Smith said people weighed in with a variety of perspectives on whether to rename Sully District, including at town halls held on June 2 and Sept. 1, but the “most important thing I heard in these conversations was the need to heal our community.”
“The best way to do this is to work on ways to tell the true story of our sometimes complicated and misunderstood history and that of the Sully District specifically,” she said. “One way to do this is to educate the public about how land was developed, who benefitted and who was marginalized in the process.”
In addition to reevaluating what stories are told at the Sully Historic Site, the county could highlight historically Black neighborhoods affected by its westward expansion, similar to efforts to preserve Gum Springs in the Mount Vernon area. Read More
(Updated at 9:30 a.m. on 9/23/2022) With a new school year underway, students will soon jockey for seats in Fairfax County’s prestigious Thomas Jefferson High School for Science and Technology (TJ), even as a federal court considers whether its current admission system discriminates against Asians.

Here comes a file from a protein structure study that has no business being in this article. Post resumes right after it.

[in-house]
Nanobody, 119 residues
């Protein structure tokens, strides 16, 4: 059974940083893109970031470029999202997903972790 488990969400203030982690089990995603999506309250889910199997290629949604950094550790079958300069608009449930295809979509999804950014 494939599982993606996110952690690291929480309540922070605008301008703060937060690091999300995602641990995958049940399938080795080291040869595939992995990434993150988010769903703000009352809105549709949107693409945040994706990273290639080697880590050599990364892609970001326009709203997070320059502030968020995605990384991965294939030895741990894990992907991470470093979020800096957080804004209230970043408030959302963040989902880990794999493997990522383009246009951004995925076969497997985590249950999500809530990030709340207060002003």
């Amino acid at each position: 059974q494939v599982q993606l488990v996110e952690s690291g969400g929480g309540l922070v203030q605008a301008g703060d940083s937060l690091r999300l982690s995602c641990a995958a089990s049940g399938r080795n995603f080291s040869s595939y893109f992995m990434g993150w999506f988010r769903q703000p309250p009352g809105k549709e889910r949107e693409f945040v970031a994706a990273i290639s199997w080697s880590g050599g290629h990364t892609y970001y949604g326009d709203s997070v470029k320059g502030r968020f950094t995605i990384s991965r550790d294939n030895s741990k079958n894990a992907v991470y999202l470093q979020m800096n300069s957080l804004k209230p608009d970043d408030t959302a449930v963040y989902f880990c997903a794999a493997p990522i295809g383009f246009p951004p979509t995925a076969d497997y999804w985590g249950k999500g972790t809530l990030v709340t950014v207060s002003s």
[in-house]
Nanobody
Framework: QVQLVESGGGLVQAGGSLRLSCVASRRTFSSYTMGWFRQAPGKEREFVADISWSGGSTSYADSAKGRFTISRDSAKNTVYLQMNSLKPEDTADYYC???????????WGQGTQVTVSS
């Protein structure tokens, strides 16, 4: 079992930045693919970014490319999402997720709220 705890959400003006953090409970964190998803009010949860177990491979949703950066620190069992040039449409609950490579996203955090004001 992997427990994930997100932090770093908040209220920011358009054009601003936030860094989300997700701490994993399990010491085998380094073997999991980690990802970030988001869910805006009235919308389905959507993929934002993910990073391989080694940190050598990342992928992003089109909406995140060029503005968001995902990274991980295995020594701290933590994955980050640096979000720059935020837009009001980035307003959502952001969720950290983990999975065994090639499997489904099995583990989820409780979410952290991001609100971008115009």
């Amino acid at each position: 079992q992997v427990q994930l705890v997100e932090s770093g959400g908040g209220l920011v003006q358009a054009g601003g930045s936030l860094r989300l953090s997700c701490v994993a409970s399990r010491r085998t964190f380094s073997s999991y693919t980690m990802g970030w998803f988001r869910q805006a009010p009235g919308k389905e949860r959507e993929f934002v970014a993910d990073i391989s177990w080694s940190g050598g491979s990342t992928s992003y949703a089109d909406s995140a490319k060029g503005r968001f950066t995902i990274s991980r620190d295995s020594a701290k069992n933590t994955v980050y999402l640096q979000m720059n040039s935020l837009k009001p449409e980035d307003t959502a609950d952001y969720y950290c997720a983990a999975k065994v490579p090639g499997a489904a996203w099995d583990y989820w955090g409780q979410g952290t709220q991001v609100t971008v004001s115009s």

For now, thanks to an earlier ruling upheld by the U.S. Supreme Court, the upcoming class of 2027 will be determined by the same, much-debated process that has helped diversify the magnet school’s student body over the past two years, FCPS confirmed to FFXnow.
Launching at 4 p.m. on Oct. 24, freshman student applications will consist of a student portrait sheet and a math or science-focused problem-solving essay. Other criteria include a grade point average of 3.5 or higher and consideration of a student’s English language learner, special education, or free/reduced-price lunch status — known as “experience factors.”
Those experience factors and a guarantee that all participating schools get seats equal to 1.5% of their student population are central to a lawsuit challenging the constitutionality of policy, which was adopted by the Fairfax County School Board in December 2020.
The revised process — which eliminated a standardized test and application fee — doesn’t explicitly consider race when evaluating students, but a lawyer for the Coalition for TJ argued to the Court of Appeals for the Fourth Circuit on Friday (Sept. 16) that it was designed to boost Black and Latino representation at the expense of Asian applicants.